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Crew member Ryan Johnson jumps down on the Spirit of South Carolina on June 28, 2019, in Charleston. The College of Charleston partnered with the ship to offer educational sailing programs to locals and tourists. Sylvia Jarrus/Staff

The Spirit of South Carolina, a replica tall ship built in Charleston, will stay afloat — and perhaps more active than ever — thanks in large measure to a new affiliation with the College of Charleston, according to its executive director, Fletcher Meyers.

Starting this month, the vessel also will open its gangplanks to individual patrons interested in hands-on educational harbor cruises.

Managing a 140-foot, two-mast schooner is a tall order, but Meyers and his board of directors think they’ve settled on a good formula: launch 90-day “study-abroad” excursions with 16 College of Charleston students on board each semester, plus shorter educational sails in local waters, and generate the necessary revenue to support an annual budget that can reach around $600,000.

“The future of the ship as a vessel is with the College of Charleston,” Meyers said.

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People pull rope on the Spirit of South Carolina on June 28, 2019, in Charleston. The College of Charleston partnered with the ship to offer educational sailing programs to locals and tourists. Sylvia Jarrus/Staff

The Spirit employs a full-time captain, Dan Cleveland, and relies on around 15 crew and volunteer deckhands. Sailing on the ship teaches valuable lessons such as maritime skills, self-reliance, collaboration and the value of adventure, Meyers said.

“For the right person, this is a self-changing thing,” Meyers said.

The schooner lately has been taking out at-risk middle and high school students thanks to a modest grant received from the city of Charleston. The city also assists the operation of the Spirit by providing dock space at the Maritime Center at no cost.

Brumby McLeod, a professor of hospitality and tourism management at the college, is spearheading academic programming involving the Spirit. Already he’s signing up students for a Caribbean excursion that starts in January.

Now part of the business school, McLeod is calling on his experience as a trip leader and leveraging the college’s reputation for study-abroad programs, he said. In fact, it was partly opportunities to travel with students that lured him to Charleston from the University of South Carolina, he added.

“The Spirit of South Carolina was looking for a partner, someone who could put together a program that was adventurous,” and had broad appeal, McLeod said. The Spirit team needed an academic champion.

It isn’t the first time the Spirit embarked on an academic excursion. In January 2018 it set off for the Caribbean with a team of Citadel cadets on board, but the school opted not to continue with such trips due to fading interest among students, according to the former Citadel at Sea program director, Don Sparks.

That might be because bad weather prompted a nearly three-week delay at the outset of the trip, then caused the vessel to pitch and roll through heavy seas on its way to Puerto Rico, leaving some of its passengers a bit traumatized, Sparks said.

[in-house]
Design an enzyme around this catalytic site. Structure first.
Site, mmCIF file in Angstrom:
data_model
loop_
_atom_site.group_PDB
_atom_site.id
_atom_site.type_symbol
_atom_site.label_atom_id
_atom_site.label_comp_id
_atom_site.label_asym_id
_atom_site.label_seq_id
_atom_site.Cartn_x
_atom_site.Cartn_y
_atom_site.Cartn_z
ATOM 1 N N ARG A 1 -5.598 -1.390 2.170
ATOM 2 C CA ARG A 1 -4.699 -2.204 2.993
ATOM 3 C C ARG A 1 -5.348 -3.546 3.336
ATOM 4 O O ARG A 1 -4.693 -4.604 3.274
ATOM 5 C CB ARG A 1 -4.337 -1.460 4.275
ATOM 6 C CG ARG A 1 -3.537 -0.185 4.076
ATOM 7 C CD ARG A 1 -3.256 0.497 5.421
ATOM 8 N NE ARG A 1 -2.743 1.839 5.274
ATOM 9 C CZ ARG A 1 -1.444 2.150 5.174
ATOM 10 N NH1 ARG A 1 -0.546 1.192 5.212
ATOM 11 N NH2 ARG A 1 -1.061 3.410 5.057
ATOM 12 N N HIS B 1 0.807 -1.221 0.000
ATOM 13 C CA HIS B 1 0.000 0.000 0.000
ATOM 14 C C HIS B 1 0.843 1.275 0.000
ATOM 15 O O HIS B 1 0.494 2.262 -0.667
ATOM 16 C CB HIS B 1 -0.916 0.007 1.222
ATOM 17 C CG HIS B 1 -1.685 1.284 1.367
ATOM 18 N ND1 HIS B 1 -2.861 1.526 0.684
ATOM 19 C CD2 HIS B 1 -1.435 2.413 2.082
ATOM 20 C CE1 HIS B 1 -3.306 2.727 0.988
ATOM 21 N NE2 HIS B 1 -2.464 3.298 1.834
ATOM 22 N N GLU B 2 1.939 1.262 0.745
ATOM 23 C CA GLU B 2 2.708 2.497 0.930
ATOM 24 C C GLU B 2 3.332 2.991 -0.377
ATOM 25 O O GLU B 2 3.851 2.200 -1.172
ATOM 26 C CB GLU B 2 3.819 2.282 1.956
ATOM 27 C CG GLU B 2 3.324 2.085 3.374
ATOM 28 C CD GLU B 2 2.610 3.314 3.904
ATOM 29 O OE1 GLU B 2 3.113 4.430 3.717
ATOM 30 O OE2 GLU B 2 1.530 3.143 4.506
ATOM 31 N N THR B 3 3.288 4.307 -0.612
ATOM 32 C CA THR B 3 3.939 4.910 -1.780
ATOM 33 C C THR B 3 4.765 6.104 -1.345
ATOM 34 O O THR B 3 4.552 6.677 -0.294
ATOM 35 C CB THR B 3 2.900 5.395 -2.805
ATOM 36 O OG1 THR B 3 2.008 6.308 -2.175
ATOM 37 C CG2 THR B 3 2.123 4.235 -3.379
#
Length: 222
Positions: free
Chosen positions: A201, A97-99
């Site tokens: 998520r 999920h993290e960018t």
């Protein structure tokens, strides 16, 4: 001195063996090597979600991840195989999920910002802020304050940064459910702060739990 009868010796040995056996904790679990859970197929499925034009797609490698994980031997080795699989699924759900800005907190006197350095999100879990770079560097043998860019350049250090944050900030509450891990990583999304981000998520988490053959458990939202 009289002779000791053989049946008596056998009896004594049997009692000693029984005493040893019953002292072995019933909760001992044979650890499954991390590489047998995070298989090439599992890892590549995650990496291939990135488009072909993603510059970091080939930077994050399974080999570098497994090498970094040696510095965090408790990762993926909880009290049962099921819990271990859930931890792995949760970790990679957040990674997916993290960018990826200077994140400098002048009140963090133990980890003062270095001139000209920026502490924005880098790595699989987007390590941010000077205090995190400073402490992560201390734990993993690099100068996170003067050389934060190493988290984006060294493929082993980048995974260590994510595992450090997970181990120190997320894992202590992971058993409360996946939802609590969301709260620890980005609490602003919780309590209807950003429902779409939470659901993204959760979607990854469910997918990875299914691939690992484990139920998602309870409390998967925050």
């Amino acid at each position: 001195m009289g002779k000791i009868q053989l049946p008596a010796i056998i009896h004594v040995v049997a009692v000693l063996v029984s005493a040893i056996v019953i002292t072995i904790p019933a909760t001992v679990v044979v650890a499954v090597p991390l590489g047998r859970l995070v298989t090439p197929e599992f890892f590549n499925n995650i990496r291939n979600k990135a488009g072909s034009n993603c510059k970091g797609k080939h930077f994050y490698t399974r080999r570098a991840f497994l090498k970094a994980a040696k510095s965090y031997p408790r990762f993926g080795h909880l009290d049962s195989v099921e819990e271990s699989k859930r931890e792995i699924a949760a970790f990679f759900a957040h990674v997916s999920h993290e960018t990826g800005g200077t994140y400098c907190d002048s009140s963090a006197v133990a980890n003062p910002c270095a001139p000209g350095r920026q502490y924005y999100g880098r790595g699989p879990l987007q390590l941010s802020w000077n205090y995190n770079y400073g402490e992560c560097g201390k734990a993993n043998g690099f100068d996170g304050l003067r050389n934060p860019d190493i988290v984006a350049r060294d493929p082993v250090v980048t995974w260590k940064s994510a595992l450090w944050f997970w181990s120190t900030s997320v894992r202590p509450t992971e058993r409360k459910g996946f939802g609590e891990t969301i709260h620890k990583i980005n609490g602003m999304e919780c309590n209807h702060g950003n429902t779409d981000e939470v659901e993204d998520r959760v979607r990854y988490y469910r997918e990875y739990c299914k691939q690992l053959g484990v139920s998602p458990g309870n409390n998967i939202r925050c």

“It set a bad tone,” he said, noting that some of the students had little offshore sailing know-how. “On a sailboat, there are always uncontrollable variables.”

Nevertheless, the rest of the voyage was terrific, Sparks said. Students met with academics and officials in each port, learned a lot and had a unique seafaring adventure.

“I think it was amazing experience,” said Sparks, who is now retired from The Citadel. “I regret (the program) couldn’t continue.”

The Spirit, a replica of the 1879 vessel Frances Elizabeth, was completed in 2007. By 2014, the foundation in control of the ship was struggling with mounting debts and decided to sell it. In 2017, real estate developer Mike Bennett and luxury car dealership owner Tommy Baker bought the ship at a foreclosure auction, refitted it to meet Coast Guard seaworthy standards, then donated it to a newly formed nonprofit, Spirit of South Carolina, Inc., for educational use.

Sailing on Spirit is a hands-on experience. Many people are needed to hoist and lower sails, all pulling hard on thick lines. On a recent sunset cruise in Charleston Harbor, the first meant for individual patrons (who pay $65 each), Captain Dan provided meticulous instructions and First Mate Charlie Porzelt help guide participants with their tasks and offered a history lesson as the ship made its way up and down the harbor.

The College of Charleston’s Adventure at Sea program McLeod helped devise consists of courses for credit in sailing, economics, cultural studies, and hospitality and tourism. It costs $15,000 per student, which includes room and board and transportation. Tuition expenses are separate. Wi-fi on the boat makes it possible for students to attend virtual courses and access learning materials.

The first big trip starts Jan. 8 in St. Thomas and finishes April 23 in Charleston, with stops in eight countries and territories. Another potential trip would take the Spirit and her explorers up the eastern seaboard, according to Meyers and McLeod.

“We wanted this to be a more developmental experience for students,” McLeod said, adding that the historical and economic links between the Caribbean and Charleston are worth studying.

“It’s a great way to learn about the countries that were so influential to Charleston history, both good and bad,” he said.

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Contact Adam Parker at aparker@postandcourier.com or 843-937-5902.

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